The shareholder adviser ISS is recommending investors withhold their votes from four directors at Warren Buffett’s Berkshire Hathaway in a rebuke of the company’s executive pay policies.
The refusal to back the re-election of four members of Berkshire’s compensation committee reflects concern over the pay packages awarded to vice-chairs Greg Abel and Ajit Jain, who ISS said earn some of the largest base salaries of any executives at US public companies.
Several large money managers are already planning to withhold votes from directors on the company’s governance and audit committees at Berkshire’s annual meeting in May.
The moves amount to the biggest sign yet of investor disquiet over governance at Buffett’s sprawling conglomerate, whose holdings include the insurer Geico, the BNSF railroad and electric utilities across the US, among many more.
It remains unclear if any portion of [executive] pay is tied to company performance
Abel and Jain have been positioned as the two front-runners to one day take over from Buffett as chief executive. The pair earned base salaries of $16m in each of the past three years, with bonuses and other perks swelling the figure above $19m in 2019 and 2020.
“It remains unclear if any portion of [executive] pay is tied to company performance,” ISS said. “The continued lack of transparency raises concern as to whether the compensation committee is providing adequate oversight.”
ISS disclosed its recommendations to investors on Friday, saying they should withhold votes from Susan Decker, David Gottesman, Walter Scott Jr and Meryl Witmer, who make up the compensation committee.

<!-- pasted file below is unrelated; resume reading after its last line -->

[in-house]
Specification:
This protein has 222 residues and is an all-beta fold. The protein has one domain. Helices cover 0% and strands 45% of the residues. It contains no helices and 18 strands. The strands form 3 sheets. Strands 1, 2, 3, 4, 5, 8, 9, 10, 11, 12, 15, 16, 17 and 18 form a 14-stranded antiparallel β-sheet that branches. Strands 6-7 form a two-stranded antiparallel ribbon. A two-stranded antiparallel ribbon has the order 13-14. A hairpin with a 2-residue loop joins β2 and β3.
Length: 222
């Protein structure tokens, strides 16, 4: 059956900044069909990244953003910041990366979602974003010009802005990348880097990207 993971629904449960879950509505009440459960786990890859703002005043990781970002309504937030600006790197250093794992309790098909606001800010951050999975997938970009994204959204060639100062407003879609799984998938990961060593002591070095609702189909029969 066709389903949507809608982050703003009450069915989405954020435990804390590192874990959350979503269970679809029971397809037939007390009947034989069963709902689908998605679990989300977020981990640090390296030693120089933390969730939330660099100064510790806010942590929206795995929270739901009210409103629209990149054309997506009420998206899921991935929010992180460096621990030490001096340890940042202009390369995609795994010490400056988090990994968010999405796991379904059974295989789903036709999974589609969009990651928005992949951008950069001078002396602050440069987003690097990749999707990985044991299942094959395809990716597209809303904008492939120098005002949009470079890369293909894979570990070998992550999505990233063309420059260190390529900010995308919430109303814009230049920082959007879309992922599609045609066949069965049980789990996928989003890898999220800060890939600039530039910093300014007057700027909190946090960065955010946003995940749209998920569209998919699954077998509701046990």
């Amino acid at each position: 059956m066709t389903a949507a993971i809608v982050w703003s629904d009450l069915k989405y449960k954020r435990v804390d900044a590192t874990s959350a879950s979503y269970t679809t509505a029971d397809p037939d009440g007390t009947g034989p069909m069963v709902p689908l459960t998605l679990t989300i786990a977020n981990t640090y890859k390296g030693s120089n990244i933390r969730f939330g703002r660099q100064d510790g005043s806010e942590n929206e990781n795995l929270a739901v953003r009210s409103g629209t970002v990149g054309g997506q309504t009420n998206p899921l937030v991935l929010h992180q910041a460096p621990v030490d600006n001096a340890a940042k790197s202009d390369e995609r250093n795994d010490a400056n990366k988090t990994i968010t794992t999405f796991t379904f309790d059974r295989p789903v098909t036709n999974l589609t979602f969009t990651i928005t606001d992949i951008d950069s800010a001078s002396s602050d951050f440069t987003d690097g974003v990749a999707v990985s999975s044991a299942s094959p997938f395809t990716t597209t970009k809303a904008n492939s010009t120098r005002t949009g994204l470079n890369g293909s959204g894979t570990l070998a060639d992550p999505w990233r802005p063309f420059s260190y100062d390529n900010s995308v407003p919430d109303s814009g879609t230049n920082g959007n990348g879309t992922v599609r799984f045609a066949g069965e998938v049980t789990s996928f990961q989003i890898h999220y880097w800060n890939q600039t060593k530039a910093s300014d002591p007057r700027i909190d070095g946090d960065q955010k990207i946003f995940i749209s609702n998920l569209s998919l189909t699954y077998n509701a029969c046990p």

In the past six years ISS has recommended a withhold vote only once — in 2019 for Scott, again due to executive pay concerns.
Separately, Berkshire is girded for a fight over two shareholder proposals that would require it to disclose the work it is doing to address climate change and diversity and inclusion across its 360,000 person strong workforce. Berkshire has urged investors to reject the two proposals, drawing criticism.
The California employee pension fund Calpers and asset manager Neuberger Berman have both said they plan to vote for the two proposals and that they would vote against four directors on Berkshire’s governance committee, which has the same make-up as the compensation committee. Calpers also plans to withhold its votes from the directors on Berkshire’s audit committee.
Calpers said it had come to the decision given Berkshire was “failing to provide accurate and timely disclosure of environmental risks and opportunities, such as those associated with climate change”.
“We as a country and as a society are at an inflection point and that’s being mirrored in the investment community,” said Cathy Seifert, an analyst who covers the company at CFRA Research. “Unfortunately Berkshire does not seem to be willing to climb aboard that train that’s leaving the station.”
Glass Lewis, the second-largest proxy adviser, has recommended Berkshire investors withhold support for board member Thomas Murphy, pointing to concerns about the company’s climate change disclosures.
Through its holdings, Berkshire Hathaway had “significant exposure to climate-related impacts and regulations”, Glass Lewis said, adding that “shareholders should express dissatisfaction” with the board’s climate change efforts.
Berkshire did not respond to a request for comment.
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